Monday, Jul 04th

Last update03:46:18 AM GMT

Font Size

Screen

Profile

Layout

Direction

Menu Style

Cpanel

Gangs of Delhi: from rustic law-breaking to ‘glamorous’ contract killings

  • PDF

By Sidharth Mishra

Crime in Delhi has travelled a long way from rustic law-breaking of 1990s to the glamorous gang wars of today. At the turn of the century when then Police Commissioner Ajay Raj Sharma had persuaded central government to extend Maharashtra Control of Organized Crime Act (MCOCA) to the national Capital, it had raised many an eye brows as Delhi was not known to have any organized gang.

Other than the terror-related cases, the outskirts of the national Capital and then emerging satellite hubs of Noida and Gurgaon were known for crime committed by the de-notified criminal tribe gangs. Sharma, who had vast experience of policing interiors of Uttar Pradesh found that the offenders after committing crime in the city easily escaped to the neighbouring states of UP and Haryana, shielding themselves from the Delhi Police.

To chase these gangs into the hinterlands and neutralize them could be done only by empowering Delhi Police with MCOCA. Sharma had realised that though Delhi did not have glamorous crime syndicates like the Mumbai underworld, it did have gangs which had roots in history and social topography of the region – the gangs associated with the tribes which had been notified under an act by the British as criminal tribes. Post-independence this act was de-notified, thus these tribes came to be known by the acronym DNT.

These gangs were associated majorly with three different tribes involved in three different types of crimes. The Gilharas were into poaching and trading animal parts, the Sansi gangs were into bootlegging and smuggling liquor and the Bawariyas into robbery and dacoity. Gang wars and ‘supari’ (contract) killings were not known in the national Capital in those days though some famous crimes with suspicion of involving gangs did take place but it had least to do with Delhi’s underbelly.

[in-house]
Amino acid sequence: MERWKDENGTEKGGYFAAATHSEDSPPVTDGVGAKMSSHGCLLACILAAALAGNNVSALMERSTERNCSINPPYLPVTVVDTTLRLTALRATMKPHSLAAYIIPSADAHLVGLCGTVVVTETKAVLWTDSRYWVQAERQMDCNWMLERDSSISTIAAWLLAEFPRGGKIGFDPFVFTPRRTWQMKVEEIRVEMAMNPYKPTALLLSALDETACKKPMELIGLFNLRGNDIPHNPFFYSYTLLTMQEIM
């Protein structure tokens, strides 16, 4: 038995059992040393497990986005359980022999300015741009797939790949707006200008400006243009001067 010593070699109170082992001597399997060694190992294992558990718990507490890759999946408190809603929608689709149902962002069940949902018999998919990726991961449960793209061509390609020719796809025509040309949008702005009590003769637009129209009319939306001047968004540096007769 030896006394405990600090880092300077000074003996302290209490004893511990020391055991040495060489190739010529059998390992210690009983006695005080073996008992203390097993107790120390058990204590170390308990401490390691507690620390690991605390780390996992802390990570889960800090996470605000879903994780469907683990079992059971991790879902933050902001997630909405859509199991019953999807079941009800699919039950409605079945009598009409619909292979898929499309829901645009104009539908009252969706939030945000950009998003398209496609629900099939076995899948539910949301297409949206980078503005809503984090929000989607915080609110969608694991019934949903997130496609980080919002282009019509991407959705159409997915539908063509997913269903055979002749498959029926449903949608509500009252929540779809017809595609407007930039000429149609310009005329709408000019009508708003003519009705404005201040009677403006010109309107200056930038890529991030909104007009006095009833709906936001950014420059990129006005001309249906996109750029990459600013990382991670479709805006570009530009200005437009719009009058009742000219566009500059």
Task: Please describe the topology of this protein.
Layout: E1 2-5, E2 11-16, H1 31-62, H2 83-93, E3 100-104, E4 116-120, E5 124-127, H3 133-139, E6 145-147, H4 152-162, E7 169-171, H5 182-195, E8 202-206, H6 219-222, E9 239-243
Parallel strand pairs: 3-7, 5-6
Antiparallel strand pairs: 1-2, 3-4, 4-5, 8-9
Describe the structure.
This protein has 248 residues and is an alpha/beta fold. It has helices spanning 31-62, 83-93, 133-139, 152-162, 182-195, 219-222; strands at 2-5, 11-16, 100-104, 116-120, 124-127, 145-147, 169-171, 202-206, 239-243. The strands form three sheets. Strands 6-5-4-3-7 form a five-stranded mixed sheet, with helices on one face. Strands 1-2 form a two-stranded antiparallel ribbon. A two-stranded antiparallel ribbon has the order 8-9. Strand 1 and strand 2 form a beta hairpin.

Bootlegging and liquor smuggling was largely associated with the gangs belonging to the Sansi tribe. The existing excise laws were too weak to control these gangs. MCOCA helped in a big way to control the activities of these gangs especially bootlegging. A credit must also go the excise reforms introduced by the Sheila Dikshit government which made liquor smuggling almost redundant.

The Gilhara gang was led by one Sansar Chand, who operated out of Sadar Bazar area of old Delhi trading in animal parts. A big time poacher, Sansar Chand was often infamously credited for emptying Sariksha tiger sanctuary of all its residents with stripes. 

Diaries seized from Sansar Chand's family by the Rajasthan Police in 2004 had shown transactions of 40 tiger skins and 400 leopard skins in a period of just 11 months from October 2003 to September 2004. An interrogation by the Central Bureau of Investigation later had revealed that Sansar Chand sold 470 tiger skins and 2130 leopard skins to just four clients in Nepal and Tibet. With Sansar Chand’s death and a tougher law in place, this organized illegal trade too declined.

The most fearsome gangs belonged to the Bawariya tribe. They specialized in house break and dacoity. They wore undergarments while carrying out the crime and this gave them the sobriquet of ‘Kacha-Baniyan’ gangs. The last big crime where they figured after a long hiatus was gang highway robbery and rape of a woman and her teenage daughter in 2016. They waylaid the family which was on way to Shahjahanpur from Noida, robbed them and also gang-raped the two women.

Fast forward to 2022, now we live in the era of Lawrence Bishnoi, who is allegedly managing a crime syndicate spread across the country sitting inside a jail. Something which even a Dawood Ibrahim could not achieve, he could do it only after leaving the Indian shores. 

(The writer is Author and President, Centre for Reforms, Development & Justice)  

 

Contact us

  • Add: 1304 Satpura Appt.
    Kaushambi, Delhi NCR, INDIA
  • Tel: (+844) 456 789 101
You are here: Home